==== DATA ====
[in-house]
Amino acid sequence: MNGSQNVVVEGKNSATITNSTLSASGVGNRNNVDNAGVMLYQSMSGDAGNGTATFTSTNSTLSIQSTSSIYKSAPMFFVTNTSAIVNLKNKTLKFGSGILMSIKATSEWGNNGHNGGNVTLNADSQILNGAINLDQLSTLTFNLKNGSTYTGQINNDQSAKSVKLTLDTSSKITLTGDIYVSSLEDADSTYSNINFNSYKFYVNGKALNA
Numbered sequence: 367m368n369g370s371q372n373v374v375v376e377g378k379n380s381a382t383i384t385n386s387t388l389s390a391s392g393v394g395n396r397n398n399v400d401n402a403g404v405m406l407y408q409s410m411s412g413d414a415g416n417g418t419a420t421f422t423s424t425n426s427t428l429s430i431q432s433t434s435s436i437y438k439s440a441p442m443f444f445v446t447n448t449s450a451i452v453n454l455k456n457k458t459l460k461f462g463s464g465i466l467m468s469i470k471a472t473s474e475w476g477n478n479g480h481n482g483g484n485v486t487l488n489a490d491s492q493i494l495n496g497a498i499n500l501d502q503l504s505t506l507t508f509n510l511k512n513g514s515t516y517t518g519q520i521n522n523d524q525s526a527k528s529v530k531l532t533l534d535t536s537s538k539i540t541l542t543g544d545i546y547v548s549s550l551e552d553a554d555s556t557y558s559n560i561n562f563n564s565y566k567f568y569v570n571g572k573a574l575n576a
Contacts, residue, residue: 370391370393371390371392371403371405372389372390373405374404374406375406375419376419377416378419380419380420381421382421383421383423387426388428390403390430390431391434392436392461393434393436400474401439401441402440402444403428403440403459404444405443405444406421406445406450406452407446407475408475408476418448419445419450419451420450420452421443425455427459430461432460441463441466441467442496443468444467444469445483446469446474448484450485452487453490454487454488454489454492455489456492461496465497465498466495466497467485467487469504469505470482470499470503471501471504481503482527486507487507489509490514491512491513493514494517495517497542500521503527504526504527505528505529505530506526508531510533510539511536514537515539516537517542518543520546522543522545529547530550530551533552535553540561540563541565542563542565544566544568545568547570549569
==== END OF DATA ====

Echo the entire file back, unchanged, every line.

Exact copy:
[in-house]
Amino acid sequence: MNGSQNVVVEGKNSATITNSTLSASGVGNRNNVDNAGVMLYQSMSGDAGNGTATFTSTNSTLSIQSTSSIYKSAPMFFVTNTSAIVNLKNKTLKFGSGILMSIKATSEWGNNGHNGGNVTLNADSQILNGAINLDQLSTLTFNLKNGSTYTGQINNDQSAKSVKLTLDTSSKITLTGDIYVSSLEDADSTYSNINFNSYKFYVNGKALNA
Numbered sequence: 367m368n369g370s371q372n373v374v375v376e377g378k379n380s381a382t383i384t385n386s387t388l389s390a391s392g393v394g395n396r397n398n399v400d401n402a403g404v405m406l407y408q409s410m411s412g413d414a415g416n417g418t419a420t421f422t423s424t425n426s427t428l429s430i431q432s433t434s435s436i437y438k439s440a441p442m443f444f445v446t447n448t449s450a451i452v453n454l455k456n457k458t459l460k461f462g463s464g465i466l467m468s469i470k471a472t473s474e475w476g477n478n479g480h481n482g483g484n485v486t487l488n489a490d491s492q493i494l495n496g497a498i499n500l501d502q503l504s505t506l507t508f509n510l511k512n513g514s515t516y517t518g519q520i521n522n523d524q525s526a527k528s529v530k531l532t533l534d535t536s537s538k539i540t541l542t543g544d545i546y547v548s549s550l551e552d553a554d555s556t557y558s559n560i561n562f563n564s565y566k567f568y569v570n571g572k573a574l575n576a
Contacts, residue, residue: 370391370393371390371392371403371405372389372390373405374404374406375406375419376419377416378419380419380420381421382421383421383423387426388428390403390430390431391434392436392461393434393436400474401439401441402440402444403428403440403459404444405443405444406421406445406450406452407446407475408475408476418448419445419450419451420450420452421443425455427459430461432460441463441466441467442496443468444467444469445483446469446474448484450485452487453490454487454488454489454492455489456492461496465497465498466495466497467485467487469504469505470482470499470503471501471504481503482527486507487507489509490514491512491513493514494517495517497542500521503527504526504527505528505529505530506526508531510533510539511536514537515539516537517542518543520546522543522545529547530550530551533552535553540561540563541565542563542565544566544568545568547570549569